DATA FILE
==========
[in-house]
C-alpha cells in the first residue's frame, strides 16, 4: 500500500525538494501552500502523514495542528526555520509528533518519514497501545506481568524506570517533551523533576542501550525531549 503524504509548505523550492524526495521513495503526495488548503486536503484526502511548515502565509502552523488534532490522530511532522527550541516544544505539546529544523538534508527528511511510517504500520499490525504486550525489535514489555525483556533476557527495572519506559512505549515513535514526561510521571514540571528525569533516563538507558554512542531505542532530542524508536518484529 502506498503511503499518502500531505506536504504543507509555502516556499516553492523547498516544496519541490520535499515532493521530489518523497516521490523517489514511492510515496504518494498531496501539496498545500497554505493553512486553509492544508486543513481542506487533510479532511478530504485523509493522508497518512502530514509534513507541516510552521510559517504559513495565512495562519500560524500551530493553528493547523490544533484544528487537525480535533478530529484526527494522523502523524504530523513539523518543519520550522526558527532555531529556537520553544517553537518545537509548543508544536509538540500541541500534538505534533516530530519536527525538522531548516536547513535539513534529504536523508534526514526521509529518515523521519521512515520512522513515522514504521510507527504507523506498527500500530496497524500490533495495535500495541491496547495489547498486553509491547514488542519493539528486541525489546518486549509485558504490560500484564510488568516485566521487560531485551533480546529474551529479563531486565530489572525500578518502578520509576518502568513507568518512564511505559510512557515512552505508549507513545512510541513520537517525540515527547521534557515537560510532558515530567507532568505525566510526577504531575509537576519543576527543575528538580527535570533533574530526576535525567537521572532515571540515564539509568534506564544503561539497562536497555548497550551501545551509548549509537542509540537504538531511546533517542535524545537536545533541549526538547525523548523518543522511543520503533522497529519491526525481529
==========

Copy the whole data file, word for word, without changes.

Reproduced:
[in-house]
C-alpha cells in the first residue's frame, strides 16, 4: 500500500525538494501552500502523514495542528526555520509528533518519514497501545506481568524506570517533551523533576542501550525531549 503524504509548505523550492524526495521513495503526495488548503486536503484526502511548515502565509502552523488534532490522530511532522527550541516544544505539546529544523538534508527528511511510517504500520499490525504486550525489535514489555525483556533476557527495572519506559512505549515513535514526561510521571514540571528525569533516563538507558554512542531505542532530542524508536518484529 502506498503511503499518502500531505506536504504543507509555502516556499516553492523547498516544496519541490520535499515532493521530489518523497516521490523517489514511492510515496504518494498531496501539496498545500497554505493553512486553509492544508486543513481542506487533510479532511478530504485523509493522508497518512502530514509534513507541516510552521510559517504559513495565512495562519500560524500551530493553528493547523490544533484544528487537525480535533478530529484526527494522523502523524504530523513539523518543519520550522526558527532555531529556537520553544517553537518545537509548543508544536509538540500541541500534538505534533516530530519536527525538522531548516536547513535539513534529504536523508534526514526521509529518515523521519521512515520512522513515522514504521510507527504507523506498527500500530496497524500490533495495535500495541491496547495489547498486553509491547514488542519493539528486541525489546518486549509485558504490560500484564510488568516485566521487560531485551533480546529474551529479563531486565530489572525500578518502578520509576518502568513507568518512564511505559510512557515512552505508549507513545512510541513520537517525540515527547521534557515537560510532558515530567507532568505525566510526577504531575509537576519543576527543575528538580527535570533533574530526576535525567537521572532515571540515564539509568534506564544503561539497562536497555548497550551501545551509548549509537542509540537504538531511546533517542535524545537536545533541549526538547525523548523518543522511543520503533522497529519491526525481529